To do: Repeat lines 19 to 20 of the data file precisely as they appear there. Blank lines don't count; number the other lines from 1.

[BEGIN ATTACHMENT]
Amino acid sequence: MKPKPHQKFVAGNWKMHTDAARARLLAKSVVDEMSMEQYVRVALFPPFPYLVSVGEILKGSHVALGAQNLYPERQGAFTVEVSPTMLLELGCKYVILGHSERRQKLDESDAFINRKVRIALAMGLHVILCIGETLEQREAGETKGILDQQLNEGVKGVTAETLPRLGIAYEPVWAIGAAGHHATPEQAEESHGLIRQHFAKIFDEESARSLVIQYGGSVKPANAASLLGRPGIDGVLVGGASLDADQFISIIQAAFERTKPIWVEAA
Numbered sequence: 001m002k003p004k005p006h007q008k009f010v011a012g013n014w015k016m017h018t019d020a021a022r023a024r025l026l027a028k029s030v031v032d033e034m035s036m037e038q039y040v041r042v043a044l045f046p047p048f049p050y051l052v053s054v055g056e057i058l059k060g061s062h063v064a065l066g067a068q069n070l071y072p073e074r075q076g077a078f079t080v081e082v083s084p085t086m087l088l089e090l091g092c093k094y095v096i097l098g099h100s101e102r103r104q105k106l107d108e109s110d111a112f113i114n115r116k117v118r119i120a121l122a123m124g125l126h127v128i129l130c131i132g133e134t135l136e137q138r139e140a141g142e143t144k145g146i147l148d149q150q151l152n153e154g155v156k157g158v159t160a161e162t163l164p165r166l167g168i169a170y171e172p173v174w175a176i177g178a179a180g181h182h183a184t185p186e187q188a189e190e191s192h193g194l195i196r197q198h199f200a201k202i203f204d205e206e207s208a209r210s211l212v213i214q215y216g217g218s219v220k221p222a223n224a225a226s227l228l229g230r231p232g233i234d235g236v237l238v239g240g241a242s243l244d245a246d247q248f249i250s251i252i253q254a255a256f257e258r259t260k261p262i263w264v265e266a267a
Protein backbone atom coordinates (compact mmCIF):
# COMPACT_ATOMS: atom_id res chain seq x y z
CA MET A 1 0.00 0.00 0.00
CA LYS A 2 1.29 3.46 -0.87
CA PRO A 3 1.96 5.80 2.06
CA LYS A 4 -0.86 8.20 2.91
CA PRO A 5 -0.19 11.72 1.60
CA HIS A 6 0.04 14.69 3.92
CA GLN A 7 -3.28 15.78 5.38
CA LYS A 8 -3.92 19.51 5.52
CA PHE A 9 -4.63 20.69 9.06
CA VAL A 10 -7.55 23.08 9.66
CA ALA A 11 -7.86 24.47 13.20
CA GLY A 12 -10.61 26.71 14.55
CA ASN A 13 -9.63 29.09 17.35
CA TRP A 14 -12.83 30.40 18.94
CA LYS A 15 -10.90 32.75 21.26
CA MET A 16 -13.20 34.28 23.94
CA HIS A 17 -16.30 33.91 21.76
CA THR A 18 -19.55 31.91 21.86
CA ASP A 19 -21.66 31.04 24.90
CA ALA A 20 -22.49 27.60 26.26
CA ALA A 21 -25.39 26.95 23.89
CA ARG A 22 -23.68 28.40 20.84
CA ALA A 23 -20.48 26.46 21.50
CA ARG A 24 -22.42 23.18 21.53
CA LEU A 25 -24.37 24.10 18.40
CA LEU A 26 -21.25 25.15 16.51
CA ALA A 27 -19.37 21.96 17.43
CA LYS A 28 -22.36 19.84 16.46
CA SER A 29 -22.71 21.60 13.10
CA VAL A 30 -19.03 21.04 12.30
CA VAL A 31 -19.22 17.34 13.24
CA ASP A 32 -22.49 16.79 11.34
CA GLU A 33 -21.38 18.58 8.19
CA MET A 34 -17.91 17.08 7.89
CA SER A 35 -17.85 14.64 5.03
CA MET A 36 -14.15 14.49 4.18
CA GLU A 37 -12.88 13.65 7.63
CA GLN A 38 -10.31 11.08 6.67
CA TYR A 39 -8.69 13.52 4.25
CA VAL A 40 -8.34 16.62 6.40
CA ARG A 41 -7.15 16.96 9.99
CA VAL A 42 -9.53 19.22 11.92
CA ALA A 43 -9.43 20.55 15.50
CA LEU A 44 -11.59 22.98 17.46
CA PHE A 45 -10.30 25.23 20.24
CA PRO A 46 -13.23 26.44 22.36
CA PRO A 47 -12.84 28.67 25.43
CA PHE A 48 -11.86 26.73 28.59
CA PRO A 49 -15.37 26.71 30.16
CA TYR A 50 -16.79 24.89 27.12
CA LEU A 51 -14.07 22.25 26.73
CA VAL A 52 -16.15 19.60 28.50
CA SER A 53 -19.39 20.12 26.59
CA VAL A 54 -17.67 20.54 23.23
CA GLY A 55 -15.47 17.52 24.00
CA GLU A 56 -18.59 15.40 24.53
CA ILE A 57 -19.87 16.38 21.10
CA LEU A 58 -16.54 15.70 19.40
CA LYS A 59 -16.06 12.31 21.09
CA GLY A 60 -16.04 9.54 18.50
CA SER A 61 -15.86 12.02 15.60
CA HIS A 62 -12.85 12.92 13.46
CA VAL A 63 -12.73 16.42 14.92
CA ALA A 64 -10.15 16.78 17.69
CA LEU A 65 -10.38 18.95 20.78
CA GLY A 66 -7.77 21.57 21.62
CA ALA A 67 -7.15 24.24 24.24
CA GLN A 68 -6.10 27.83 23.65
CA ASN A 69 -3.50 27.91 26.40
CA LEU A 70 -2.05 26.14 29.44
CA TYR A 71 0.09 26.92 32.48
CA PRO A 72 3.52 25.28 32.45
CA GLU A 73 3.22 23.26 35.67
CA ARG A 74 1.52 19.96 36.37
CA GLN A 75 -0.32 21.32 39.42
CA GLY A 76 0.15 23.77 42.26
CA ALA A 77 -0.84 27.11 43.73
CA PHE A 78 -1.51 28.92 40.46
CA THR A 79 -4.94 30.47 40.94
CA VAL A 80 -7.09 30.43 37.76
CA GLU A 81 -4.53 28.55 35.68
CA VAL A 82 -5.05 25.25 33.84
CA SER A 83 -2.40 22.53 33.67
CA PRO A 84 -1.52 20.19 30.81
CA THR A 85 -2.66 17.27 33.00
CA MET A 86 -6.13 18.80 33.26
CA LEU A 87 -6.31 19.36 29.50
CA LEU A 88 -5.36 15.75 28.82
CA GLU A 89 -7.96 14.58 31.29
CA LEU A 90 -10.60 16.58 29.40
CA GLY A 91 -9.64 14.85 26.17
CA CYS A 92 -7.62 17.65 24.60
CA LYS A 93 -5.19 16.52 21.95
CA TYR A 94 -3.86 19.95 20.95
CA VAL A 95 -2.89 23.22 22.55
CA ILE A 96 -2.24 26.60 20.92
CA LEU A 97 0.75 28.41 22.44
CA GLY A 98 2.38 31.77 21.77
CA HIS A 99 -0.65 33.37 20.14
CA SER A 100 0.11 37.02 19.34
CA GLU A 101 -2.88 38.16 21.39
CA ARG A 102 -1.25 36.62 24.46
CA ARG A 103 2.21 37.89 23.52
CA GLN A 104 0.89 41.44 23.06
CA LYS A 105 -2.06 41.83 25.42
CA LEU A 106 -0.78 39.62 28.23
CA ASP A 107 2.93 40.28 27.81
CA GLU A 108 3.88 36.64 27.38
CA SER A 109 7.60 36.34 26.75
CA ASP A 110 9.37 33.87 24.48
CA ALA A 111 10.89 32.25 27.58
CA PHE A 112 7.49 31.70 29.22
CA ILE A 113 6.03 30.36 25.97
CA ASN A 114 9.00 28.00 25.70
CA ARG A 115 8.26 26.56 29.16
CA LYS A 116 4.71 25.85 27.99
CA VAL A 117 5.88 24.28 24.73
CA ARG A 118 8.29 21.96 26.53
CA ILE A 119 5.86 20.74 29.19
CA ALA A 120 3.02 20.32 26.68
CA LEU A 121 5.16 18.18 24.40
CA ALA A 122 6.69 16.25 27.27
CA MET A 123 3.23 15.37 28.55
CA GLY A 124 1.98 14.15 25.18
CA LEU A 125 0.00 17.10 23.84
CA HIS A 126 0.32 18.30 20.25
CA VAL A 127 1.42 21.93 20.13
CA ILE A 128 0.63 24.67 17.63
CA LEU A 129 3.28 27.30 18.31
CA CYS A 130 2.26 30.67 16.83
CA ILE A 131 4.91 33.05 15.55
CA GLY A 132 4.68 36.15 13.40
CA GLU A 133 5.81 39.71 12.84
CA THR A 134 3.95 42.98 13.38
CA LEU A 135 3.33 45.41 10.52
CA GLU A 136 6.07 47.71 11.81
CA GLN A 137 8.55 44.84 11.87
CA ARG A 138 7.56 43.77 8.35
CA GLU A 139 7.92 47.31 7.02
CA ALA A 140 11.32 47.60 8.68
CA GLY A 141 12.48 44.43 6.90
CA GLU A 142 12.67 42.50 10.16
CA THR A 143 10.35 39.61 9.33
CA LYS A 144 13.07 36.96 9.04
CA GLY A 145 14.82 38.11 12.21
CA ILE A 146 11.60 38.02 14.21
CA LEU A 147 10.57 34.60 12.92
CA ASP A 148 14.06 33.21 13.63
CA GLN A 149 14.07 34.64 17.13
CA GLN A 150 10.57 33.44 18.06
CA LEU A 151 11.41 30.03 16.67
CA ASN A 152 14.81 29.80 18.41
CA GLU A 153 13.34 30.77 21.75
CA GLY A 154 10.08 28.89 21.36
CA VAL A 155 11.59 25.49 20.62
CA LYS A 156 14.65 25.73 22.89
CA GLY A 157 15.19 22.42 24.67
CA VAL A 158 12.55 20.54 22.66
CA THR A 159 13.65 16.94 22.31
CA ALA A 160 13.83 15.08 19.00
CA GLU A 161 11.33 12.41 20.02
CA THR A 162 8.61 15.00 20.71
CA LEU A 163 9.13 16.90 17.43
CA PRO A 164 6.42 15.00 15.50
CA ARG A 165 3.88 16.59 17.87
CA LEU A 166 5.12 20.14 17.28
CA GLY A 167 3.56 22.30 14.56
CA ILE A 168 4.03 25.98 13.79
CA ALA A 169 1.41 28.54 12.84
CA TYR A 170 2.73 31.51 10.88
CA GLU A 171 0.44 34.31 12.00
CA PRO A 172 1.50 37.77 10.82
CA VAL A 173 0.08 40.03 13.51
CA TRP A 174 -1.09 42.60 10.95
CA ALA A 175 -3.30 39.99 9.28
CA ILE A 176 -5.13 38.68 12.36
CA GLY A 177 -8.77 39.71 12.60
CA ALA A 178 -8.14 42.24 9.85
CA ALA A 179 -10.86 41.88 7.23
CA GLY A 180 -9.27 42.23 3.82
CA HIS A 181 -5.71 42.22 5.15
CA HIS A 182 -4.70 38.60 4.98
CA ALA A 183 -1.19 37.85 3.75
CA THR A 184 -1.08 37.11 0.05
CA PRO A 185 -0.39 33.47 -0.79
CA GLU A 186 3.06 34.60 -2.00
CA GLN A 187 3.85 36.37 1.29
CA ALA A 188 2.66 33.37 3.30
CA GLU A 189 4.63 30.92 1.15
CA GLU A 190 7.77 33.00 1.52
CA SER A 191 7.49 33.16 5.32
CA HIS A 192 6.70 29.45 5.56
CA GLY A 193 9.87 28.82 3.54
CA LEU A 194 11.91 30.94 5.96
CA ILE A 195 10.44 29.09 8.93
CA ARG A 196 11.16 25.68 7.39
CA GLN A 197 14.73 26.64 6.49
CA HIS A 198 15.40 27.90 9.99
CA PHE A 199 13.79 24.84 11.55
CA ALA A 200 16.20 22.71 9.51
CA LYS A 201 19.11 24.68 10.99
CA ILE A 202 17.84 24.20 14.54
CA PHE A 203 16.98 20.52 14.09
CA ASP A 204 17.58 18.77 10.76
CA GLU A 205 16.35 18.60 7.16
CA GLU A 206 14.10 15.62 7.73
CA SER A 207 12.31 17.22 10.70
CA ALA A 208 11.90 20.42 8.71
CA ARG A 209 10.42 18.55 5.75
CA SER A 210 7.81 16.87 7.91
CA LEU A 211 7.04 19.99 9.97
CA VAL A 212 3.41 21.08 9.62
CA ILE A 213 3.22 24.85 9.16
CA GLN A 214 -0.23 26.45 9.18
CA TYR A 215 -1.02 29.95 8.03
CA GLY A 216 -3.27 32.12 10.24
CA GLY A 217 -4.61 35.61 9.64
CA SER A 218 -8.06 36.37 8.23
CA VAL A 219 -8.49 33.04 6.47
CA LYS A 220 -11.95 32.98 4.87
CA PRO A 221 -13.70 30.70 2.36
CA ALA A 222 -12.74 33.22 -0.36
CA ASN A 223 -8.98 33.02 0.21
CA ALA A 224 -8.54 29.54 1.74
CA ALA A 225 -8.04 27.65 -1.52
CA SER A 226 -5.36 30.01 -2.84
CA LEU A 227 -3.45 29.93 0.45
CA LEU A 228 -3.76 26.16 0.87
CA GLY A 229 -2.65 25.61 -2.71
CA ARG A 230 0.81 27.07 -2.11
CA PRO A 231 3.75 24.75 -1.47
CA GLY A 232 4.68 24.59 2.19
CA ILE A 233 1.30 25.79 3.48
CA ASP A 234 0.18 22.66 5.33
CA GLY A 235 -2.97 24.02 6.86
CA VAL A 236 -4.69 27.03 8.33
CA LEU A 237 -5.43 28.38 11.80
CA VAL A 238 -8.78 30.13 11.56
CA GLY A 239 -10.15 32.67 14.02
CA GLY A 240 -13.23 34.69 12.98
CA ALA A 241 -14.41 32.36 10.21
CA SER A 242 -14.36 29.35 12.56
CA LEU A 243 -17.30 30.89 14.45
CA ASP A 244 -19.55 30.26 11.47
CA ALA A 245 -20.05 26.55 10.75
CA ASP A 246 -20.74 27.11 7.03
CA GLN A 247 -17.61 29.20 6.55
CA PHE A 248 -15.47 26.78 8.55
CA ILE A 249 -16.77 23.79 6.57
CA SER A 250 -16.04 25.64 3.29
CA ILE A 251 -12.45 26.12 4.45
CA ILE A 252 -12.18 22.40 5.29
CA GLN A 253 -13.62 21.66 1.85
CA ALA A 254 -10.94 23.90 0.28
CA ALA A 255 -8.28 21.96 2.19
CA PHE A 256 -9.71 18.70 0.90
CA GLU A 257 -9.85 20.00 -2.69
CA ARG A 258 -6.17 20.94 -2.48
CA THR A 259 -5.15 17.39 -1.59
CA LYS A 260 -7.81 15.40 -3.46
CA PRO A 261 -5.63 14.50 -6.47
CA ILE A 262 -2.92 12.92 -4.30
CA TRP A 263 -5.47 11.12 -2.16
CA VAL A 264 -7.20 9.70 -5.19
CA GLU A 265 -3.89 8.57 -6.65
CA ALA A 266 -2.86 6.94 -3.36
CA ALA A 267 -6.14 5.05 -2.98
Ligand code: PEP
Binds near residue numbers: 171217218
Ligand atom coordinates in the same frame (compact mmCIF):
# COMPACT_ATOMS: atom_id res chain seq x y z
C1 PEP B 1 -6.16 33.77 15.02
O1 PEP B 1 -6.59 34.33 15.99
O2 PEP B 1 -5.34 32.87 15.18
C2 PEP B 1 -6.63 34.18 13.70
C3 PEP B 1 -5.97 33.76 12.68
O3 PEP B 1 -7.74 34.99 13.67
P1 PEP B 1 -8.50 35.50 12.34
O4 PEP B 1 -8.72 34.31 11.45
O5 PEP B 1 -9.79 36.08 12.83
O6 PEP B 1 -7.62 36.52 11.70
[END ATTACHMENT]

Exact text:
CA LYS A 15 -10.90 32.75 21.26
CA MET A 16 -13.20 34.28 23.94